I work from home remotely from my company’s office.  It is a curse and a blessing.  I can get a LOT done in a shorter period of time because almost as soon as I wake up, wipe the sleep out of my eyes, I am at work… When I need some flex time to go to the doctor, pick up something at the post office, etc. it’s a dream.  Working from home helps me to be much more productive in my life.  My commute is literally one bedroom to another bedroom converted into an office, which incidentally houses some of my food storage, office supplies, etc.  The commute is 10 steps from bedroom to bedroom… A far cry from commuting to and working in NYC and walking an average of two to three miles a day for what I will call passive exercise.  Ms. Prepper works in NYC and has the commute from hell twice daily.  I do not envy her.  When I worked in NYC, the walking from place to place alone helped to keep 10 – 15lbs lighter on my feet.  When I started working from home in 2008, in just a few months, I put 10lbs on, and I can tell you it wasn’t muscle weight.  I continued eating at the same rate as I was when I was running around NYC, and it has been a real challenge over the past several years to keep the weight off, and to lose it because my lifestyle has become more sedentary.

I think it took six months of working from home, and I was 20lbs heavier.  Seriously.  Crazy, right?  10 steps and sitting behind a desk for 10+ hours isn’t anyone’s idea of active, and when I travel on business, forget it.

In the past seven or so years since I have worked from home, I’ve found it hard to lose weight.  I’ve also found it hard to pull myself away from the desk to work out.  In addition, I fear that the time behind a desk only steps from my bedroom has helped to contribute to a few other medical issues accelerating, such as arthritis in my right knee and slight arthritis in my neck from sitting in front of a PC for so long every day.  This doesn’t sound like such a big issue, but I recently found out, it can be.  These days I am tipping the scale at just under 250 lbs.  Just under the heaviest I have been another time in my life.  I recently also started Krav Maga classes.  Enter the arthritis pain in my knee.  Trips to an orthopedic surgeon added some cortisone shots for the pain, as well as something called Synvisc.  It helps to lubricate the knee, and should last four to six months.  It lasts me about three before the pain starts again.  Insurance only covers it every six months.  Even with the cortisone and the Synvisc, my knee will feel like it’s going to explode a day after Krav Maga classes due to the warm up calisthenics they put us through. It’s a little mentally defeating when you’re trying to do something positive for your body, and you’re body fights back.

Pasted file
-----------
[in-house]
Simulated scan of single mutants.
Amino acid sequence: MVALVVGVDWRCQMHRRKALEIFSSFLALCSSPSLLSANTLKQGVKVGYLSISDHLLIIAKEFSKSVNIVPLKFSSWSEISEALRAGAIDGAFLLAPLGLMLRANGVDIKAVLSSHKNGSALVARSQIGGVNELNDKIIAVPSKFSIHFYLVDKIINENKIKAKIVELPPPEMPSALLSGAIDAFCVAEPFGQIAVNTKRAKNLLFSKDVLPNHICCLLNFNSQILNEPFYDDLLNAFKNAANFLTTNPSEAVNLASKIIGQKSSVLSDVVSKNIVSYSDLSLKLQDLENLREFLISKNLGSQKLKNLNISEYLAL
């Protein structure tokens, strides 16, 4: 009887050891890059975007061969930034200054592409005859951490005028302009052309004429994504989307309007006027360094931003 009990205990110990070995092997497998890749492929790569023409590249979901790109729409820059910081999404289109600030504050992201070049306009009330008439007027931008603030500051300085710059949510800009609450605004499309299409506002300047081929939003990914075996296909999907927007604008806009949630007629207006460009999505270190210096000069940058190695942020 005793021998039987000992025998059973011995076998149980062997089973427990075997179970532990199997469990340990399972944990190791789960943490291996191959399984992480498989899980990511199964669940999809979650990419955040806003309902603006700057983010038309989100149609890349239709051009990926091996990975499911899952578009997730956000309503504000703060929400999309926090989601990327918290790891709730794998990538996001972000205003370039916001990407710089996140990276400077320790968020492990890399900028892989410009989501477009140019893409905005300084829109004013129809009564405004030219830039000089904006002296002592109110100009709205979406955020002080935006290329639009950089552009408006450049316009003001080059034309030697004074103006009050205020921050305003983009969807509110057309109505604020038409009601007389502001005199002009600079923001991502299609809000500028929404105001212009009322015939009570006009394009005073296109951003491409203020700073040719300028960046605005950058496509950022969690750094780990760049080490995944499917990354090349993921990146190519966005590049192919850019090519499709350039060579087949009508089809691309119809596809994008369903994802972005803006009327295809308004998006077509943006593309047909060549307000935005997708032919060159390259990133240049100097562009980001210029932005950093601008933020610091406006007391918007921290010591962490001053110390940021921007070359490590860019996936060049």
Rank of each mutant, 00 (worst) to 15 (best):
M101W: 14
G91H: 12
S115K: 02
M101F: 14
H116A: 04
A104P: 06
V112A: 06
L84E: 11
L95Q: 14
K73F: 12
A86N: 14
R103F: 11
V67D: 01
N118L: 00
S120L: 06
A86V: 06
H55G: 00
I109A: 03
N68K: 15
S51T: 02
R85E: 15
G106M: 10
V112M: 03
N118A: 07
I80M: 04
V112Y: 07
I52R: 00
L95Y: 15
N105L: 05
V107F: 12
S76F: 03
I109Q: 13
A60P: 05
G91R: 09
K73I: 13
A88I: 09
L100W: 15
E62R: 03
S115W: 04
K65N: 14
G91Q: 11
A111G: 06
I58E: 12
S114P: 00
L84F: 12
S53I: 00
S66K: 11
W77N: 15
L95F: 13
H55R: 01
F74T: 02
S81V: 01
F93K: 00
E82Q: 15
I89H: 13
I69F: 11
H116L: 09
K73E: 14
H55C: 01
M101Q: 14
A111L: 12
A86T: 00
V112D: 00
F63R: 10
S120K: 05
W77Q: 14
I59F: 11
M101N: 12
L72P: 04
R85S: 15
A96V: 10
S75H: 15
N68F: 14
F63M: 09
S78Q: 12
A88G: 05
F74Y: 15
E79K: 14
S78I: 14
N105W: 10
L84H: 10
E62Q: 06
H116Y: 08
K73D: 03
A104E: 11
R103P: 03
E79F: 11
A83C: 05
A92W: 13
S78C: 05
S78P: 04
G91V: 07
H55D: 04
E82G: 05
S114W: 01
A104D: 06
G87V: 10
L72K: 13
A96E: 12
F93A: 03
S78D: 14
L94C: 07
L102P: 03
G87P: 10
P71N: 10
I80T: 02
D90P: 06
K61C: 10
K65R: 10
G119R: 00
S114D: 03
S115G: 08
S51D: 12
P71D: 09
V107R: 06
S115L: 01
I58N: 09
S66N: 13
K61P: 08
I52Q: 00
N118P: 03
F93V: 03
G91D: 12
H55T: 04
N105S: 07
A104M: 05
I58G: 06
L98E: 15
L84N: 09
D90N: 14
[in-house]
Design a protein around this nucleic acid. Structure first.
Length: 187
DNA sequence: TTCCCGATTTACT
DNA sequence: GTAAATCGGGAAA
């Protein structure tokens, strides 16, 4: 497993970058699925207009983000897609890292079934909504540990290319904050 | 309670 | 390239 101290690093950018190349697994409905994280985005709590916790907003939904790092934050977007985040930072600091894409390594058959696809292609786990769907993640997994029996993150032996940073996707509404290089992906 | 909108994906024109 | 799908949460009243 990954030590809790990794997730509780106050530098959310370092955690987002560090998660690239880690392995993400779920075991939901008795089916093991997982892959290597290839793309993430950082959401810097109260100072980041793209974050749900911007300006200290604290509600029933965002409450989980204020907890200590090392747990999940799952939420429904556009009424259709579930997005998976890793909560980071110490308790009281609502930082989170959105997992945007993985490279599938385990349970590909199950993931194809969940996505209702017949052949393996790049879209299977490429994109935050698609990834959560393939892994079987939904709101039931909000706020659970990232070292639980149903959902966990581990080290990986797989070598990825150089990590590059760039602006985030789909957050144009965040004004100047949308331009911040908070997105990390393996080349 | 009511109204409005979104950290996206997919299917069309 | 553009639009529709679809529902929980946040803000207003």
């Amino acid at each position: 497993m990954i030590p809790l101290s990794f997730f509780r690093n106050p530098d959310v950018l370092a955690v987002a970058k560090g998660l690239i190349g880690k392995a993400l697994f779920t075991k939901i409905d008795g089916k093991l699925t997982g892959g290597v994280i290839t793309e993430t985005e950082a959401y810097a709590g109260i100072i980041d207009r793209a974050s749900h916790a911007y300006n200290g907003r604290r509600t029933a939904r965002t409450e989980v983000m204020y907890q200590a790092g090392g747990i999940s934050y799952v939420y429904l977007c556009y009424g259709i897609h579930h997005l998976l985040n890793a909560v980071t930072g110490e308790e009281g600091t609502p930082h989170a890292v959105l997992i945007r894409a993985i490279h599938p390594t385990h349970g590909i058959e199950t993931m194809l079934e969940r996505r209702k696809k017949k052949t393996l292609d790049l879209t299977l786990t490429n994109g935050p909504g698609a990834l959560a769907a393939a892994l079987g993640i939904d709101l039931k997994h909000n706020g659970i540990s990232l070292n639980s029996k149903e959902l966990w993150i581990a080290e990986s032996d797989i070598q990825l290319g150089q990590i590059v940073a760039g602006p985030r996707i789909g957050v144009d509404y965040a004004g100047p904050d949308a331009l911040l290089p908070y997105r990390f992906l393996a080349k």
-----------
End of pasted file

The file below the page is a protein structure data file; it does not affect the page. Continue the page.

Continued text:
To define the title of this post, physical fitness, I feel is a “Does Your Job Help You Stay Prepped, Trained, and Fit?” I am ever feeling that my ability to be physically fit is an essential prep.  And that my current and lifestyle of recent has not (and i have not given proper consideration to), afforded the opportunity to stay that way.

With my new, echem, disabilities, I plan on continuing Krav Maga, partially because I committed financially to a year, partially because I have always wanted to learn it, and partially as a way to hopefully lose some of those unwanted pounds, strengthen my heart, lower some blood pressure, and get in better overall physical condition.  I have also been encouraged, many times, by Ms. Prepper to take some Yoga classes to help elongate my spine, stay more limber, as well as strengthen my core.  I’m finally considering taking her up on that.  Ms. Prepper is a Yoga instructor, so she has a bit of practical experience in this area.

Some other downsides of the arthritis and my new found handicap at the ripe age of 46 is oddly confronting my mortality.  Not in a life and death way, of course, but in such a way that you realize that you have “limitations” and that you’re not as indestructible as you thought you were.  Additionally, other thoughts cross your mind such as, “am I going to be able to bug out on foot if I need to?” Or, “If I bug out on foot, how far will I get before the pain kicks in?”  The questions go on and on.  It definitely makes you think differently about bugging out, preparedness, bugging in, or many other “what if” scenarios going forward.